Armenia, Russia continue gas price negotiations, with outcome still unclear

By Mark Dovich

Armenian Deputy Prime Minister Mher Grigoryan said Wednesday that negotiations over natural gas prices continue between the Armenian government and supplier Gazprom Armenia, but refused to guarantee that the company would not raise its prices. Gazprom Armenia is a subsidiary of Gazprom, Russia’s largest company and one of the world’s largest natural gas suppliers.

“Every year we address this issue and try to agree on at least keeping the price unchanged, rather than raising it,” he told lawmakers gathered at the National Assembly for a government question-and-answer session. “But it is a working process, and with your permission, I won’t say more, because negotiations are underway right now.”

The day before, Armenian Prime Minister Nikol Pashinyan met with Alexey Miller, the chairman of Gazprom. Miller has been placed under U.S. sanctions since 2018.

Press offices for Gazprom and the Armenian government provided few details of the meeting, with the former saying only that the two men discussed “key issues.”

According to Pashinyan’s office, the prime minister called Gazprom a “strategic energy partner” and reiterated the Armenian government’s commitment to “mutually beneficial cooperation” with the Russian gas giant.

The price of natural gas in Armenia has long been a source of political contention in the country, whose economy remains overwhelmingly dependent on Russia’s, nearly three decades on from the Soviet Union’s collapse.

Gazprom Armenia is wholly owned by Gazprom, which is in turn majority owned by the Russian government. It is the exclusive supplier of Armenia’s natural gas and last year provided more than 2 billion cubic meters of gas to Armenia via neighboring Georgia.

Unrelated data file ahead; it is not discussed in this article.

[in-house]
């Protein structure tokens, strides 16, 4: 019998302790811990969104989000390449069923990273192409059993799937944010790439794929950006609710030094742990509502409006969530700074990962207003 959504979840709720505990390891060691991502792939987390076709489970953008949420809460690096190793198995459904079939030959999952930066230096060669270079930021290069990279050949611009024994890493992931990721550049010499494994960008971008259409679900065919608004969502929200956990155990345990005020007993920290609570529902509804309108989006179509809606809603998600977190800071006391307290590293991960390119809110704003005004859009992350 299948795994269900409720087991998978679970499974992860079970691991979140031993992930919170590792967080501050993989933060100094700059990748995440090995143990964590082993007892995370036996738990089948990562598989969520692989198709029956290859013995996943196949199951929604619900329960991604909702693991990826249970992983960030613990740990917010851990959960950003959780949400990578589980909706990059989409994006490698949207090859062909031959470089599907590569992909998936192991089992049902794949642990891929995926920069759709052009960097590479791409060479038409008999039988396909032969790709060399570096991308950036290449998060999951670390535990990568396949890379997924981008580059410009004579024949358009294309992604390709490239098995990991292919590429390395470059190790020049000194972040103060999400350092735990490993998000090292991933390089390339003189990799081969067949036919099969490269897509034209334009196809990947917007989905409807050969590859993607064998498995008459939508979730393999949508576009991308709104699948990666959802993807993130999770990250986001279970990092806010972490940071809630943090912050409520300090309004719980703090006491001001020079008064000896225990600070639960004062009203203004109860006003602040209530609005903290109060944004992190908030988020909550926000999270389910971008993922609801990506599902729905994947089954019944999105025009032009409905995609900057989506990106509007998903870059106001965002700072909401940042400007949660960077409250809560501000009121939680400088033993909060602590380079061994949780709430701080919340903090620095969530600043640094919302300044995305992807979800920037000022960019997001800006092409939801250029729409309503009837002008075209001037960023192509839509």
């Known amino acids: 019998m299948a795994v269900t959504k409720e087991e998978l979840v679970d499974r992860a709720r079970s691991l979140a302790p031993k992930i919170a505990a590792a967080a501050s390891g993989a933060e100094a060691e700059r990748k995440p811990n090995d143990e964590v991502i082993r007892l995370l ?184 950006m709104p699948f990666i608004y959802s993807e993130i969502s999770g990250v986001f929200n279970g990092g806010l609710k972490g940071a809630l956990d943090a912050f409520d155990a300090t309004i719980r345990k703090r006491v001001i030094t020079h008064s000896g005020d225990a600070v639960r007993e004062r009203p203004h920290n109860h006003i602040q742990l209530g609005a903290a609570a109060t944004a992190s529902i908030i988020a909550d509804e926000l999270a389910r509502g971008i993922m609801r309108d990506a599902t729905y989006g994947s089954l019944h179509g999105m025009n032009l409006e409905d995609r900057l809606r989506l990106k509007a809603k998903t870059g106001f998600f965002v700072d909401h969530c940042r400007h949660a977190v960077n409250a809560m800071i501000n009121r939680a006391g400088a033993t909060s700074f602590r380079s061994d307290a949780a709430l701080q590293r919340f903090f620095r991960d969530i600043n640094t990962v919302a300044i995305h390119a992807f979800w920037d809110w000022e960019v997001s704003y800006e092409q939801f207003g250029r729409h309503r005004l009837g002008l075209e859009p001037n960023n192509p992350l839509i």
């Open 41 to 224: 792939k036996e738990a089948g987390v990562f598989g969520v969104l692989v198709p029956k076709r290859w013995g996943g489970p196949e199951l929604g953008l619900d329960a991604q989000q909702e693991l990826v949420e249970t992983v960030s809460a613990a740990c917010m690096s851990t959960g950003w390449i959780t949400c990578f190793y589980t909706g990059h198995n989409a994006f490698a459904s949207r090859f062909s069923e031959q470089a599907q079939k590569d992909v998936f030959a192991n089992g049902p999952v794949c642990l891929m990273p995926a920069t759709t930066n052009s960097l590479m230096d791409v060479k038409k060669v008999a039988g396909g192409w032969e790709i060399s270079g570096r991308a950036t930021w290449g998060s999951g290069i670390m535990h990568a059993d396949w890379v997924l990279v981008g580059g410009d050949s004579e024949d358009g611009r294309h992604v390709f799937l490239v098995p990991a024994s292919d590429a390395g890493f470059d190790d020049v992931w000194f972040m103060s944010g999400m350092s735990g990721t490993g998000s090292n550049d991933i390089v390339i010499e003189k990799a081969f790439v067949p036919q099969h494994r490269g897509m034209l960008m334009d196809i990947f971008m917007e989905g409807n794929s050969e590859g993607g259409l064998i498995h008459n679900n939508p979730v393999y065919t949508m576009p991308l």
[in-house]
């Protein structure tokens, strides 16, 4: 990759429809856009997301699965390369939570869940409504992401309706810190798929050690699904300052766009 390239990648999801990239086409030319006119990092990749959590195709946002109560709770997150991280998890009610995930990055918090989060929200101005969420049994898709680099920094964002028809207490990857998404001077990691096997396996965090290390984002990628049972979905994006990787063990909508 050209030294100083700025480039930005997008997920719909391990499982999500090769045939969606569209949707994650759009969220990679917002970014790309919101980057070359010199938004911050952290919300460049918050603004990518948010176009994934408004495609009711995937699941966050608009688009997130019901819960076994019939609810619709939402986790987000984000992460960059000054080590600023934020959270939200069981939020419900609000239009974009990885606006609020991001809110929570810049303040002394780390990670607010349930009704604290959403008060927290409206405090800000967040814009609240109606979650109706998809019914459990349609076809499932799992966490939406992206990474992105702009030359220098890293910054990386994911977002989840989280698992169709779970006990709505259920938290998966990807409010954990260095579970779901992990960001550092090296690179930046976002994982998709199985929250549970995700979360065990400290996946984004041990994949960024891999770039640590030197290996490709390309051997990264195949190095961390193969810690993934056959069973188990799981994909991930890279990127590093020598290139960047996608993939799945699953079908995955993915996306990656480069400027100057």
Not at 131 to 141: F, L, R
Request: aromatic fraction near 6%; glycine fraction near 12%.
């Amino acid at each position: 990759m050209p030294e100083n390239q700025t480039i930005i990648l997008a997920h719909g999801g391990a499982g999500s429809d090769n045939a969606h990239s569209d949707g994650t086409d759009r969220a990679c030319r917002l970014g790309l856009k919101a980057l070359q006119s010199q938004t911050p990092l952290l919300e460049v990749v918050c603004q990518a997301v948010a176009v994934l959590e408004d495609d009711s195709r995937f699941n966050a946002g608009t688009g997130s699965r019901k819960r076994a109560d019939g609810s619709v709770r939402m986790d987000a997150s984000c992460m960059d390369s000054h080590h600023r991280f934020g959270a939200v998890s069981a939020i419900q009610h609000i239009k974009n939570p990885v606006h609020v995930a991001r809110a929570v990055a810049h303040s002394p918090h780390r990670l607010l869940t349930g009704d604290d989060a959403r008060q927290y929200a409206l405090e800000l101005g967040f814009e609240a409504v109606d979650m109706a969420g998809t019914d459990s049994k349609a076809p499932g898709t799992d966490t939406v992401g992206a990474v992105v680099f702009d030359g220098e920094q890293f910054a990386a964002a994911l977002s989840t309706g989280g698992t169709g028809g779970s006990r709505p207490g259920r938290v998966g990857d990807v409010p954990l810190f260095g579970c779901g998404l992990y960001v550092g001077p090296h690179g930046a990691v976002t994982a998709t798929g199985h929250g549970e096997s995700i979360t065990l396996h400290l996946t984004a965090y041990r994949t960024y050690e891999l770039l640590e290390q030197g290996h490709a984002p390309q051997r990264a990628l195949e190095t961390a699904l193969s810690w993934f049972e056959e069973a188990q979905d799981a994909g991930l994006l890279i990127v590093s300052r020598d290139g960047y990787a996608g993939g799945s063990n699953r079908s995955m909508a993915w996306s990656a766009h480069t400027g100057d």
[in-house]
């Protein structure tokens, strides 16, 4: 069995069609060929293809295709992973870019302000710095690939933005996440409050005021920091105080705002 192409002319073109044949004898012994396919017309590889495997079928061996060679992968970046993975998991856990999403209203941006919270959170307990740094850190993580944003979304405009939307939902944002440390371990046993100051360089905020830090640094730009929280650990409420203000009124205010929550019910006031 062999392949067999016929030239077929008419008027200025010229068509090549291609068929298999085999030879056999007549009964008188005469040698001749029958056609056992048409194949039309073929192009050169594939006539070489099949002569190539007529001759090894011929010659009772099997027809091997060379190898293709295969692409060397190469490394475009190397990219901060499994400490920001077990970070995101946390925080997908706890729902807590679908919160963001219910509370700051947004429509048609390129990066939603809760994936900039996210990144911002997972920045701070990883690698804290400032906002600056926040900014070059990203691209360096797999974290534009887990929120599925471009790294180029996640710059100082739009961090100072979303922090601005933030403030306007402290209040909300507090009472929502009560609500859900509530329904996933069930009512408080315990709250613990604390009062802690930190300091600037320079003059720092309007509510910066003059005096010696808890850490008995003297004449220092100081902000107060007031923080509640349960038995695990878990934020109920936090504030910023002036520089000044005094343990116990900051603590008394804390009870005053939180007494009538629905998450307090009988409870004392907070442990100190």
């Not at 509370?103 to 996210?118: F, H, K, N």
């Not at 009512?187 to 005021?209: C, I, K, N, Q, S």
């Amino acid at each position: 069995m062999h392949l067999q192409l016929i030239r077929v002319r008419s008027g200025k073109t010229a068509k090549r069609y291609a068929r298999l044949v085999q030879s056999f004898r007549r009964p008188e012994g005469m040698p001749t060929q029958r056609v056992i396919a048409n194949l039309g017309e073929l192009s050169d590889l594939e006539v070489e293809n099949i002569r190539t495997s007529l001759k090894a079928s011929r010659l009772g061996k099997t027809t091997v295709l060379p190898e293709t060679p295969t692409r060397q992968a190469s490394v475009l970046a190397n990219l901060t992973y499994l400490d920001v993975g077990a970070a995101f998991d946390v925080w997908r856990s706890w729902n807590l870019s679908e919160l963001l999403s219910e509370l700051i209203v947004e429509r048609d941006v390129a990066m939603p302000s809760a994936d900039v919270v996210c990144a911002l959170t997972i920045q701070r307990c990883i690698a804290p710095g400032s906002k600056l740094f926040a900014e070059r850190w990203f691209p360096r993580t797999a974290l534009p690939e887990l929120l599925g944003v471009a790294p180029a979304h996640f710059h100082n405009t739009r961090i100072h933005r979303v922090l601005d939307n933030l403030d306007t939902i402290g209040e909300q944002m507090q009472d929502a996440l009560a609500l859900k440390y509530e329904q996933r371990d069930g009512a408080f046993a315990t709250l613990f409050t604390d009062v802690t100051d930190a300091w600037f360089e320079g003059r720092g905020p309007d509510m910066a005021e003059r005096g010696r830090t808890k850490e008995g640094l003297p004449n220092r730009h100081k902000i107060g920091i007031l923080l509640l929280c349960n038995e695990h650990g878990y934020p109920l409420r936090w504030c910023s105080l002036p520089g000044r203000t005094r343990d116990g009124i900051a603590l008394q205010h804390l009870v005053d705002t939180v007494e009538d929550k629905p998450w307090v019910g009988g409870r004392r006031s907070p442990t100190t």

The company is also Armenia’s second largest taxpayer, according to the State Revenue Committee, and paid over $90 million in taxes in 2020.

Gazprom last raised gas prices on Armenia in January 2019, to $165 per thousand cubic meters. At the time, Armenian government officials, including Pashinyan, strongly protested the price hike, but to no avail. Ultimately, the Armenian government swallowed the cost, with Armenian consumers seeing no change to the gas prices they pay.

Still, that figure represents what is effectively a steep discount when compared to the prices Gazprom charges other countries. In June, Gazprom’s average natural gas price per thousand cubic meters hit $240 for European buyers, amid a global rally in energy prices.

Controversy over gas prices in Armenia erupted in late 2013, when it emerged that the Armenian government sold Gazprom its remaining stake in the Armenian subsidiary in return for a write off of $300 million in debt.

The Armenian government incurred that debt by secretly subsidizing gas prices — apparently in an effort to keep the public from knowing that Gazprom raised its prices on Armenia in 2011.

In fact, the Armenian government did not publicly admit that Gazprom had raised its prices until a few months after crucial elections were held in 2013. That timing led opposition lawmakers to accuse the government of withholding the information for political gain.

“This is a crime for which this government must be prosecuted,” said Levon Zurabyan, at the time an opposition lawmaker.

The deal was seen by many in Armenia as a blow to the country’s sovereignty and economic independence, with then-opposition lawmaker Alexander Arzumanyan calling it a “capitulation.” As part of the deal, the Armenian government also granted Gazprom 30 years of exclusivity in the Armenian energy market.

For its part, Russia has long used discounted natural gas supplies as a key lever of economic control over its post-Soviet neighbors. Earlier this month, Russian President Vladimir Putin announced that his country would not raise gas prices on neighboring Belarus next year, as part of a plan for deeper economic integration between the two countries. At less than $130 per thousand cubic meters, the price of Russian gas in Belarus is even lower than it is in Armenia.